Then [Moses] and Aaron summoned the people to come and gather at the rock. “Listen, you rebels!” he shouted. “Must we bring you water from this rock?” . . . But the LORD said to Moses and Aaron, “Because you did not trust me enough to demonstrate my holiness to the people of Israel, you will not lead them into the land I am giving them!” - Numbers 20:10, 12
That a great miracle occurred at Meribah cannot be disputed. The vast crowd of Israelites traveling through the barren wilderness had come to the end of their tethers—and their water supply. So they did what came naturally. They blamed Moses and Aaron and delivered yet another litany of woes and complaints. They stated, rather obviously, “This land has no grain, figs, grapes, or pomegranates. And there is no water to drink!” (Num. 20:5). We cannot, of course, minimize the seriousness of their predicament—no water in a barren wilderness spells disaster. Moses and Aaron did not dismiss the complaints. They went immediately to the tabernacle and prostrated themselves in prayer before the Lord. What else could they do?
The Lord instructed them to assemble the people and “command the rock over there to pour out its water. You will get enough water from the rock to satisfy all the people and their livestock” (20:8). The rock poured forth its water as promised, the people and their livestock were satisfied as predicted, and every one went home happy! Right? Wrong!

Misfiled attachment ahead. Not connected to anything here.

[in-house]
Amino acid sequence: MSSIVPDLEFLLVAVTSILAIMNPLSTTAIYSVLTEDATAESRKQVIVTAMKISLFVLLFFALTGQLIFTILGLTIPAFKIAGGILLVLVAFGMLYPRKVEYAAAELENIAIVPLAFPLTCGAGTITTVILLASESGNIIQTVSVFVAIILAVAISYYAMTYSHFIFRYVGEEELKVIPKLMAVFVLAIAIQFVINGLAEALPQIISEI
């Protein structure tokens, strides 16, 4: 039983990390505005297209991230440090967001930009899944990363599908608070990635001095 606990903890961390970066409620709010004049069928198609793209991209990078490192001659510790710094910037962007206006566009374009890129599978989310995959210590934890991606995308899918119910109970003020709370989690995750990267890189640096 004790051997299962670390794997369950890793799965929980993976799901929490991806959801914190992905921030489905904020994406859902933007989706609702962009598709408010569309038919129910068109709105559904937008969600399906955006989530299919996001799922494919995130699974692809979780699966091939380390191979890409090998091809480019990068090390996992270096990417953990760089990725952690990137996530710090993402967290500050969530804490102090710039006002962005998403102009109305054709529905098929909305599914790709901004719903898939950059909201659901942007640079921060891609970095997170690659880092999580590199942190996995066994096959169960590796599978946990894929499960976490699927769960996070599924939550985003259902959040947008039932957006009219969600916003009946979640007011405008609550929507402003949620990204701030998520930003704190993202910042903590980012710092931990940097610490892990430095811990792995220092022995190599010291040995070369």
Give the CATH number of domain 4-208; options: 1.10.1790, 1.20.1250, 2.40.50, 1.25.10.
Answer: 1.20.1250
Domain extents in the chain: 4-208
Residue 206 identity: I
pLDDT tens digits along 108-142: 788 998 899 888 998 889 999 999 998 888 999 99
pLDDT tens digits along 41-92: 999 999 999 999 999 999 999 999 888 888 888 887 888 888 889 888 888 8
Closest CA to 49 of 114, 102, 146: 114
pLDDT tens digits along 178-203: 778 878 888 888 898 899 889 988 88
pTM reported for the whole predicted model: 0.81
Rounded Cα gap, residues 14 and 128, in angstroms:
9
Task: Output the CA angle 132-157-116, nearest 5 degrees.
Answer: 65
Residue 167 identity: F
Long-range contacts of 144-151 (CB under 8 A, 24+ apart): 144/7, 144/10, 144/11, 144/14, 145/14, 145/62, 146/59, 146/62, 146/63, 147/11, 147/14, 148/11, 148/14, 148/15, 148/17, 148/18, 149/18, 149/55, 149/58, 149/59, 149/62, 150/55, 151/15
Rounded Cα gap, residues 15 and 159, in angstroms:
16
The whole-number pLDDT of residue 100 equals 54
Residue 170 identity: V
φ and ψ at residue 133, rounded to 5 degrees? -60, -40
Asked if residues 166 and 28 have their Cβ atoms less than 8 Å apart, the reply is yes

While the great miracle took place, something else of great significance happened, too. Moses and Aaron, after forty long years leading the people through the wilderness, were banned from entering the Promised Land. This surprising turn of events happened because, as the Lord explained to Moses and Aaron, “You did not trust me enough to demonstrate my holiness to the people of Israel” (20:12). The problem was a lack of trust which in some way detracted from the wonder of God’s action on behalf of his people. But what exactly was this lack of trust? It was betrayed by what Moses said, perhaps in a fit of frustration and temper: ‘“Listen, you rebels!’ he shouted. ‘Must we bring you water out of this rock?’” (20:10). Now, preachers are not supposed to talk to their people like that, but Moses’ intemperate language was not the problem. The issue was that Moses was implying that bringing water out of rocks was his specialty—not God’s.
At this point God had had enough of Moses. God’s whole purpose in allowing the people to come to the point of desperation in the water shortage was to show his “holiness”—his uniqueness. Moses had spoiled that by implying that he was doing the job.
It is sad that the miracle of rushing water was ruined by what gushed out of Moses’ mouth. Men who speak rashly and react impulsively run the risk of, like Moses, missing out on God’s best!
For Further Study: Numbers 20:1-13
Excerpted from The One Year Devotions for Men, Copyright ©2000 by Stuart Briscoe. Used by permission of Tyndale House Publishers. All rights reserved.
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